Rather than snow, it's weather records that are falling in the Berkshires
Dreaming of a white Christmas?
Dream on: The record-shattering warm spell shows no signs of easing its grip on the Berkshires and much of the nation east of the Rockies over the next two weeks. Most likely, according to the National Weather Service, is a brown or even slightly green holiday landscape.
Despite a chill-down over the next several days back to normal temperatures, a return to off-the-charts mild weather is the long-range, high-confidence prediction released by government forecasters on Tuesday through the end of the month.
A 103-year-old record for the latest first measurable snowfall in the region may well be broken on Christmas Eve, said Kevin Lipton, a meteorologist with the National Weather Service in Albany, N.Y.. The second latest date for first snow was Dec. 17, 1998, he added.
"It's a safe bet that we'll break that No. 2 record on Thursday," Lipton said. But there's a possibility of some snow showers on Friday or Saturday that could produce a slight accumulation, though any measurable snow would melt quickly. Prospects for a white Christmas — defined as an inch or more of snow on the ground — are bleak, he said.
With astronomical winter officially starting next Monday (at 11:49 p.m.), climate trackers pointed out that in an average season, 22 inches of snow would have fallen in Berkshire County in November and December (and occasionally in October).
An unusually strong El Niño phenomenon (very warm waters in the tropical waters of the Pacific) is altering weather patterns dramatically, with frequent snowstorms in the West and a jet stream keeping Arctic air bottled up in northern Canada.
At Pittsfield Municipal Airport, temperatures have been above normal every day this month, often drastically. Two high-temperature records were broken — 55 last Friday and 59 late Monday evening.
Tuesday's 60 degree reading, at 1 a.m., tied the record for the date set in 2008. The average mid-December temperature range is 20 to 34, based on airport records that date back to 1938.
"It's amazing how persistent this warm pattern has been," Lipton said. The polar vortex, the center of frigid air, is smaller than usual and has been bottled up much farther north than normal, he added, confined to the Arctic circle, especially interior Alaska and northwest Canada.
Based on current trends, this could be the warmest December ever recorded in the Berkshires and New York's Capital District. Albany's observations date back to 1820, and most of the top 10 records were set in the 1800s, Lipton noted. The fourth mildest was in 1923, and the seventh warmest was in 2006.
In the Berkshires, heating requirements are 20 percent below average so far. Combined with price declines for oil, gas and electricity, many residents seem more than willing to let the good times roll.
But winter sports aficionados are dismayed.
At Jiminy Peak Ski Resort, President Tyler Fairbank said he's hoping day and night operations will resume next Wednesday, thanks to a "window" this weekend that looks cold enough for extensive snowmaking, allowing 10 or 11 trails to open.
"We plan to have as much of our terrain open as possible," he commented. "We're no strangers to a bumpy start to winter. This is on par with the worst we've seen such as 1997-98, 2006-2007 and 2011-12."
"The weather has been so weird that we're opening parts of our Aerial Adventure Park for guests," Fairbank said, noting that about 3,000 visitors are expected in the Hancock resort area during the Christmas to New Year's holiday period.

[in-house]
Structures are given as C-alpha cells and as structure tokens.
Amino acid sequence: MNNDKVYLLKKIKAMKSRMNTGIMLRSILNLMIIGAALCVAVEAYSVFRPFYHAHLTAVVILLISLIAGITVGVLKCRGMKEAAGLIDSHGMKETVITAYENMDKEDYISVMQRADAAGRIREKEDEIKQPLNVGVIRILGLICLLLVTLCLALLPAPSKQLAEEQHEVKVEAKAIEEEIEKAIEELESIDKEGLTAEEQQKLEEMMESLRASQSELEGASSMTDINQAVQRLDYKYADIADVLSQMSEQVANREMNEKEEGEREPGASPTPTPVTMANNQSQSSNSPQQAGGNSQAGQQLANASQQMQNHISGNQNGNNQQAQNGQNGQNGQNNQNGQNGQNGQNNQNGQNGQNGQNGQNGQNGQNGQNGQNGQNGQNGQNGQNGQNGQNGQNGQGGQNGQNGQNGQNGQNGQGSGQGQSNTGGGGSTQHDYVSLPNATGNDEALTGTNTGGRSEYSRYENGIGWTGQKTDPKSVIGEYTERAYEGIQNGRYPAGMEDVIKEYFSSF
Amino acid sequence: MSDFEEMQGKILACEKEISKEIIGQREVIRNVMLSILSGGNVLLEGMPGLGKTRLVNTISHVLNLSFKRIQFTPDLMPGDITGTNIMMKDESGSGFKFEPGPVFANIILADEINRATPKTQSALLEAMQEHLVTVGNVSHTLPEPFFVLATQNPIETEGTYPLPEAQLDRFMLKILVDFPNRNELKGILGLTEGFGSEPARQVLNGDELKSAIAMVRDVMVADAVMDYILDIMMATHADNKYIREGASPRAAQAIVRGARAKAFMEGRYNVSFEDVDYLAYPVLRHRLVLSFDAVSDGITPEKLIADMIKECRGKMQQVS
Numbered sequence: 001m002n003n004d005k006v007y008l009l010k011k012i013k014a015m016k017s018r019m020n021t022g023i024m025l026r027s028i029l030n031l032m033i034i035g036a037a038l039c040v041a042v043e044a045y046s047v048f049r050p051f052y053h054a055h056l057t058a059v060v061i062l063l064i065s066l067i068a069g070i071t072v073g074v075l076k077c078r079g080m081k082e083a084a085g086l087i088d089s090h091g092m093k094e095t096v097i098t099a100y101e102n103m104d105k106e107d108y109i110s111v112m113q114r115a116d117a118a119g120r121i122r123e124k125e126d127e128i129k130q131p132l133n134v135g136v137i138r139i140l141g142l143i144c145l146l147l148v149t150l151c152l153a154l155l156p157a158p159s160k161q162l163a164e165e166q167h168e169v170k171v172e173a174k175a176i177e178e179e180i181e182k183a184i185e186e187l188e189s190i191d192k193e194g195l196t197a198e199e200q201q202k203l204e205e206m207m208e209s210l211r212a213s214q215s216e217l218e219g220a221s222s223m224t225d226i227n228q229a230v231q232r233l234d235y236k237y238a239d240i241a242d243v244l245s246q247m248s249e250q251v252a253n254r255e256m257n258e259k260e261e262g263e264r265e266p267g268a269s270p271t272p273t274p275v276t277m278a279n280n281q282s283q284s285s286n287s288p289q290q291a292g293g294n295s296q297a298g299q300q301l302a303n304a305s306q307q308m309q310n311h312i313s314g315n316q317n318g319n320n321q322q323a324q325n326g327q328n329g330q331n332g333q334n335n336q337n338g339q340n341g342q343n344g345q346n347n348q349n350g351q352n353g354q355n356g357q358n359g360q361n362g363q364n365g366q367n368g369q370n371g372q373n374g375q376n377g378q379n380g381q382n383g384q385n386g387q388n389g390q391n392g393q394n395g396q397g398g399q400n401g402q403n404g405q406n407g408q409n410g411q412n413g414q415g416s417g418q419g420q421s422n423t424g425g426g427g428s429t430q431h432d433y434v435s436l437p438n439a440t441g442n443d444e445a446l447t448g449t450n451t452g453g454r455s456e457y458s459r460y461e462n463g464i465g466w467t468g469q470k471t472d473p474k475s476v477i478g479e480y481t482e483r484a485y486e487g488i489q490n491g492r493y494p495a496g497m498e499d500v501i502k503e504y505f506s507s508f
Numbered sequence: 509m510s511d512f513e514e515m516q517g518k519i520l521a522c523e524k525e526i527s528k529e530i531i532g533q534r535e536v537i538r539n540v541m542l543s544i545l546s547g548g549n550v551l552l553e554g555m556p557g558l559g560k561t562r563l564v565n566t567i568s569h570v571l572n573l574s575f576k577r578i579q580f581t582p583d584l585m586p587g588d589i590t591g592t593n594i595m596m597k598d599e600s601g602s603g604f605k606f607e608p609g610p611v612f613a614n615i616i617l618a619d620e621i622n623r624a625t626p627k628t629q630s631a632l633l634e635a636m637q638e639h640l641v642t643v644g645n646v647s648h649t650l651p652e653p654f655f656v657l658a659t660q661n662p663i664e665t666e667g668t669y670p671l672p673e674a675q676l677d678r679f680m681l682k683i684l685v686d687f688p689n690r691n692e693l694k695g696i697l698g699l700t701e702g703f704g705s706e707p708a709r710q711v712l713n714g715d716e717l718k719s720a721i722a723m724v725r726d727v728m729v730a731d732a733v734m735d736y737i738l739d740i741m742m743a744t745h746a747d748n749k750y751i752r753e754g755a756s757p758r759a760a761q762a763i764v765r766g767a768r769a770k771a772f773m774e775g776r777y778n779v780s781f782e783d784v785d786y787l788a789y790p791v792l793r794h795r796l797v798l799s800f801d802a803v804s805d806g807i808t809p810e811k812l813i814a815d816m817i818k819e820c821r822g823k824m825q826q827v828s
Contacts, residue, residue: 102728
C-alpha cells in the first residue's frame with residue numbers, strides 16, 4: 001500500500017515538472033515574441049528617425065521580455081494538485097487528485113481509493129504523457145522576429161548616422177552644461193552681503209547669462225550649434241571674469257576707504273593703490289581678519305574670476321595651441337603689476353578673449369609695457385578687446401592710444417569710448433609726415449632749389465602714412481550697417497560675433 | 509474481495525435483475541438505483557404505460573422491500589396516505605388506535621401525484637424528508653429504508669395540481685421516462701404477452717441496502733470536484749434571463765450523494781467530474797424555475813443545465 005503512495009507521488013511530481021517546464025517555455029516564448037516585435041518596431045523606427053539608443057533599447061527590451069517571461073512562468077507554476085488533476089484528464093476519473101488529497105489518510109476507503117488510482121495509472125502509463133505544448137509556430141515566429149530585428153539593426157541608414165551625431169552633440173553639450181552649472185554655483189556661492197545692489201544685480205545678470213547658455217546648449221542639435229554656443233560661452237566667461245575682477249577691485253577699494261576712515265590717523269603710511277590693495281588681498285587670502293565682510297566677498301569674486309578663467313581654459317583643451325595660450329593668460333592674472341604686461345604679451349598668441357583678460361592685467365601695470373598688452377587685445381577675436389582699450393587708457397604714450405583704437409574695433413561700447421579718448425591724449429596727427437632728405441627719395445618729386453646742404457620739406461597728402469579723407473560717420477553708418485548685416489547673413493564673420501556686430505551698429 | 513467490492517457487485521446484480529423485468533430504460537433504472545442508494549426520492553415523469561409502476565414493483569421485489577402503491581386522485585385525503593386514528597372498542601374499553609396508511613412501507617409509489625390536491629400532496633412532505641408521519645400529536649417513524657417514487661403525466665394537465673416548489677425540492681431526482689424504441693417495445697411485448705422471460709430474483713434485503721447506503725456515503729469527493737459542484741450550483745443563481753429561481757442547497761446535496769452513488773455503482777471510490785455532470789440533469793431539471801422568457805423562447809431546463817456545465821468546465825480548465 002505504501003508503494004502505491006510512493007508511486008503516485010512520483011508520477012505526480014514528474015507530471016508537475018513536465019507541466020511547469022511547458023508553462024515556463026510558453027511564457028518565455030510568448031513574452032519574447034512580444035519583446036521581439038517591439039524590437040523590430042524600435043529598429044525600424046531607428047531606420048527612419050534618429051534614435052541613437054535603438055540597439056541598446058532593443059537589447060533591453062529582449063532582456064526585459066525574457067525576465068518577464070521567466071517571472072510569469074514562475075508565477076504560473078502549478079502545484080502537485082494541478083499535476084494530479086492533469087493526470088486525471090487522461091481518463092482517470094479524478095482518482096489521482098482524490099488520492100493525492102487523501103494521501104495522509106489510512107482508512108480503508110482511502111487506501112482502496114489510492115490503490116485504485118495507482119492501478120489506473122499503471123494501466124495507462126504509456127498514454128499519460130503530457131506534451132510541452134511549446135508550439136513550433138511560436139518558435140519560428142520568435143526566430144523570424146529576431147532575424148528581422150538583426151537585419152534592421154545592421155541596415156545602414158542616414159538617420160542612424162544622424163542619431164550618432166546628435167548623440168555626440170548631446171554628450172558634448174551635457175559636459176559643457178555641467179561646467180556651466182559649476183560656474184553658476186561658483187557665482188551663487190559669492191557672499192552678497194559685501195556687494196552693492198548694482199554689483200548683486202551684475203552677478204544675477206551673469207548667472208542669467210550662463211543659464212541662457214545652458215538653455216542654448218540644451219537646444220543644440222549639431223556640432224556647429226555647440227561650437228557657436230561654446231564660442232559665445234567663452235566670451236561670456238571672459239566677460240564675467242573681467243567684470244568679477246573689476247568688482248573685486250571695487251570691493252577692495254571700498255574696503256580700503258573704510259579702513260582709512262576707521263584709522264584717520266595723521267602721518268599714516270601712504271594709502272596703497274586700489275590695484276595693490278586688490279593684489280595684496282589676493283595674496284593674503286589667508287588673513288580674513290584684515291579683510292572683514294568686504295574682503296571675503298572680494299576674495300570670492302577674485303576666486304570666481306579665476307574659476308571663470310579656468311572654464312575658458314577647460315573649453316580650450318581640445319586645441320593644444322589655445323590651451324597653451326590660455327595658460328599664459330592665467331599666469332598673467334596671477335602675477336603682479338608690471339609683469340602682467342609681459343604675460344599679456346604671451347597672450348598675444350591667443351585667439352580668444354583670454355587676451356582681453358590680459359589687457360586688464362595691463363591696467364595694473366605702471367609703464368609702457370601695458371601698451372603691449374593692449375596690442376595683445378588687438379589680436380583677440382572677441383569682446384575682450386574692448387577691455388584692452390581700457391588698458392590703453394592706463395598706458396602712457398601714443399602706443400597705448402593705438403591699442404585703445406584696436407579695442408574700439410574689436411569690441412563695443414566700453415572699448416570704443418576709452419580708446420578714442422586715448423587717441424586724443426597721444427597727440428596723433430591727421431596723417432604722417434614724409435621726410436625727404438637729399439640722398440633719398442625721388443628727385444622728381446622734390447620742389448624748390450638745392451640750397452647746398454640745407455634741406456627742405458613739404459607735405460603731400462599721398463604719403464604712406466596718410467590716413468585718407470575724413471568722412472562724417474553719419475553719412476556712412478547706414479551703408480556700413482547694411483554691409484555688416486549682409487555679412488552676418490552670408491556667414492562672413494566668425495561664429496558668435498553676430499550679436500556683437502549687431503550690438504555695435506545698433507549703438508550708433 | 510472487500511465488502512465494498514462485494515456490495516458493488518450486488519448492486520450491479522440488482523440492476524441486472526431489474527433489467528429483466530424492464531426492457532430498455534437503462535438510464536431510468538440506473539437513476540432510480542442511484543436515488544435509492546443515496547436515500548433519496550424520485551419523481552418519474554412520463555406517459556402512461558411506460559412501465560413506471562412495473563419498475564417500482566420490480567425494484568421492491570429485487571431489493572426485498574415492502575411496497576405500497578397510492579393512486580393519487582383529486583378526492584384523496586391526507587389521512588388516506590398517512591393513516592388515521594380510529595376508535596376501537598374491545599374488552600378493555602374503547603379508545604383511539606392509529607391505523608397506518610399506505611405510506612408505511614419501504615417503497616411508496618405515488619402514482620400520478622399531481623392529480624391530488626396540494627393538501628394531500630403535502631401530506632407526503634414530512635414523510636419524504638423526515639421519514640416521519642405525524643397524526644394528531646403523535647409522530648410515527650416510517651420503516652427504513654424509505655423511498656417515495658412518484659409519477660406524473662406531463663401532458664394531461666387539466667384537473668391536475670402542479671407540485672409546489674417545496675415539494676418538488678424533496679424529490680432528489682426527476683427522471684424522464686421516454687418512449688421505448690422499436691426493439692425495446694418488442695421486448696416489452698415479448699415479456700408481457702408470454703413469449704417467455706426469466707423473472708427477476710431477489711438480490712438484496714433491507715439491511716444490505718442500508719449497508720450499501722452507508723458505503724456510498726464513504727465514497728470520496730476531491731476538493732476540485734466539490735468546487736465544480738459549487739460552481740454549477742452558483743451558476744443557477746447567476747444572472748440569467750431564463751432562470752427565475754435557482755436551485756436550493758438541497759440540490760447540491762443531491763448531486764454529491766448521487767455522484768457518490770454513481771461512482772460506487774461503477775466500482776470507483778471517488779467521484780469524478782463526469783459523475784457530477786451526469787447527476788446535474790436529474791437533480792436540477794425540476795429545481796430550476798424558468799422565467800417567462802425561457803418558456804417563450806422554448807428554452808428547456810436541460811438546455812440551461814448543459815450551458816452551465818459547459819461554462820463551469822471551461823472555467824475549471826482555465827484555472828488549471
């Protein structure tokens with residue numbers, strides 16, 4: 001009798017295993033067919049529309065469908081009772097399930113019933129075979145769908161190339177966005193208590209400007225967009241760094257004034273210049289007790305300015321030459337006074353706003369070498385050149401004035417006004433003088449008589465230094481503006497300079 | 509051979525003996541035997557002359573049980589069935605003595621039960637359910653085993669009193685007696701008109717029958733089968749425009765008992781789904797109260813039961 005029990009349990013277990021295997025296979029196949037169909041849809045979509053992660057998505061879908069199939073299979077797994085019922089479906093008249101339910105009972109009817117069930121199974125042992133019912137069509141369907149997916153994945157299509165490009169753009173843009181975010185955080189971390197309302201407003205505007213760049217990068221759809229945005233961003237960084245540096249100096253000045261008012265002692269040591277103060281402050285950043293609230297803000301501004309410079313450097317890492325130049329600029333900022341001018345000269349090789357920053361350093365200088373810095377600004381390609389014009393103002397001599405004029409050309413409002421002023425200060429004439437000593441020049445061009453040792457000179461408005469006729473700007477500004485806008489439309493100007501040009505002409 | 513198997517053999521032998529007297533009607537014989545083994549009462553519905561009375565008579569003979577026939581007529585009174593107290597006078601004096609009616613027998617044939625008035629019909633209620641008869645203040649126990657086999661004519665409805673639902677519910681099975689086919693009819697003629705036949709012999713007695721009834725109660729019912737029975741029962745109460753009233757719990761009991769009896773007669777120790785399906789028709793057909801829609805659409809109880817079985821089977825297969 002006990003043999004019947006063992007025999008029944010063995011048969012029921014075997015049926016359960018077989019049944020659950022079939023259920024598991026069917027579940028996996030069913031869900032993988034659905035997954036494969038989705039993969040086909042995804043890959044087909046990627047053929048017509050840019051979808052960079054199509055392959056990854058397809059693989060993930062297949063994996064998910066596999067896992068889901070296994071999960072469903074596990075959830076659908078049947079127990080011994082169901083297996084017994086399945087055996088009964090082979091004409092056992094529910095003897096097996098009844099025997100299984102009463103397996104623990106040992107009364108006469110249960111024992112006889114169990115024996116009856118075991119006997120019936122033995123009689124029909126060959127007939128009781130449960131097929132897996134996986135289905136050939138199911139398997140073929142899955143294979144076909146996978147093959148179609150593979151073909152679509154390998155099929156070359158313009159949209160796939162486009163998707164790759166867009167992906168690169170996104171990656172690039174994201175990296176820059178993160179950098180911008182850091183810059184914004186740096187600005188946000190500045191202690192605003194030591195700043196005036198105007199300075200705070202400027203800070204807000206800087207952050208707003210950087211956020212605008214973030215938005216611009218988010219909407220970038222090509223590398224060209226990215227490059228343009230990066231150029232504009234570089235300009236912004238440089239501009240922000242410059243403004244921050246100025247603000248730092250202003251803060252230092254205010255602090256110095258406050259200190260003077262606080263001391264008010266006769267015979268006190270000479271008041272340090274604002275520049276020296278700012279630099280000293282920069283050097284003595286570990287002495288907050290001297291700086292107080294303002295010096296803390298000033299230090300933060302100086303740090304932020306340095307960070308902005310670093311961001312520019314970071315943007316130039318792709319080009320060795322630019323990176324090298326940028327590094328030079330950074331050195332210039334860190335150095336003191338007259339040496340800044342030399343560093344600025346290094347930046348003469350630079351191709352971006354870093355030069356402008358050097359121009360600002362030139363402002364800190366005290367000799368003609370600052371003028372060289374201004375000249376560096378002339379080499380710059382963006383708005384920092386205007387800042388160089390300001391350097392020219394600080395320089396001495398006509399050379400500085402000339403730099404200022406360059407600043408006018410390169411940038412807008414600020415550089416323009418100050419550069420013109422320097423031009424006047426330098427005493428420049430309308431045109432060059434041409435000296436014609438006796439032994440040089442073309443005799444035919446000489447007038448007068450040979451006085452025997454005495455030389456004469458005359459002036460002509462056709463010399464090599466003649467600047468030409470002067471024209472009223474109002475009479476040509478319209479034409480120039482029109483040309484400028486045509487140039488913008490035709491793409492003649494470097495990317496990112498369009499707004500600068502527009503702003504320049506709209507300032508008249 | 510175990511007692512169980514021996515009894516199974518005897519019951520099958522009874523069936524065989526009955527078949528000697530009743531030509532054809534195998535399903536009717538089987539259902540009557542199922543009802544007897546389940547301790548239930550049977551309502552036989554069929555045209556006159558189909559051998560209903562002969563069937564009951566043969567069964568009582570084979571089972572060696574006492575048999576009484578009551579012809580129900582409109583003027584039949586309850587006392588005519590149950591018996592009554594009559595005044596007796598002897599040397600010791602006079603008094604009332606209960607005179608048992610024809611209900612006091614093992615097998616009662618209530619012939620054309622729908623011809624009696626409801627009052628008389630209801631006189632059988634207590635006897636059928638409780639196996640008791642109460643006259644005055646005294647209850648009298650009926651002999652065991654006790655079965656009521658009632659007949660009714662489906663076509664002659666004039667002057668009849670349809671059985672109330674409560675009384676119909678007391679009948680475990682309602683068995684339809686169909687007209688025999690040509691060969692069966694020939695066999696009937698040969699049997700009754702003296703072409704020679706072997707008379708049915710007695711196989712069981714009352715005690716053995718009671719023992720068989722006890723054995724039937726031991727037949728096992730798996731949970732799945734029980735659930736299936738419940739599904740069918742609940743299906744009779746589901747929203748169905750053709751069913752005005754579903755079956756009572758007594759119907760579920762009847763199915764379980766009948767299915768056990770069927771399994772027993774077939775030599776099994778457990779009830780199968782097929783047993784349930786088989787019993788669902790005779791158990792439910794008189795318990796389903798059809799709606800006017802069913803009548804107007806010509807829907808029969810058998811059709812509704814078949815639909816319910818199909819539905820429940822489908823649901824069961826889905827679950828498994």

"I'm enjoying saving on heating and not fighting snow and ice on the way to work," said Mary Ellen Deming, director of administrative services at Town Hall in Lenox. "This is working very well for me."
A resident of Ashley Falls in Sheffield, Deming noted that "last winter was long enough, I wouldn't mind skipping a winter."
There have been other mild early winter weather seasons in the Berkshires — in December 2006, only a half inch of snow was measured at the Pittsfield airport for the entire month, while a paltry 0.8 inches fell in December 1999. More recently, the same month in 2011 saw just two inches.
So far this season, a stray flurry produced a trace of snow on Nov. 14. Measurable snow is defined as at least 0.1 inches.
The continuing, still strengthening El Niño pattern could keep Arctic air out of the Northeast and other areas east of the Rockies well into next month, according to Paul Pastelok, AccuWeather's chief long-range meteorologist
"El Niño is contributing to a strong belt of westerly winds across Canada that will help keep the polar vortex locked up near the Arctic Circle," Pastelok said. The end result: Cold and snowy days are likely to be infrequent, at least for the next four weeks.
Lipton pointed out that El Niño is only partially responsible for the mild, rainy season in western New England. "Any connection between climate change and El Niño is still up in the air," he said. "It's too early to establish a correlation, the jury's still out on that."
"When El Niño starts to weaken, we do not always get an immediate change in the weather pattern," Pastelok said. "We believe that once the current El Niño peaks, there may be enough of a lag to carry the warmth through much of the winter."
But he cautioned that for late winter, a major snowstorm or two cannot be ruled out.
Anecdotal reports include budding forsythia bushes, Lipton noted, especially in the Hudson Valley, where some tulips are peeking out of the ground and peepers have been heard after recent rainfalls, just like in April.
"It's kind of alarming," he said.
The snows of December ...
Here are snowfall totals for the month, in inches, as measured at Pittsfield Municipal Airport for the past 16 years:
2015: 0.0 (through Dec. 15)
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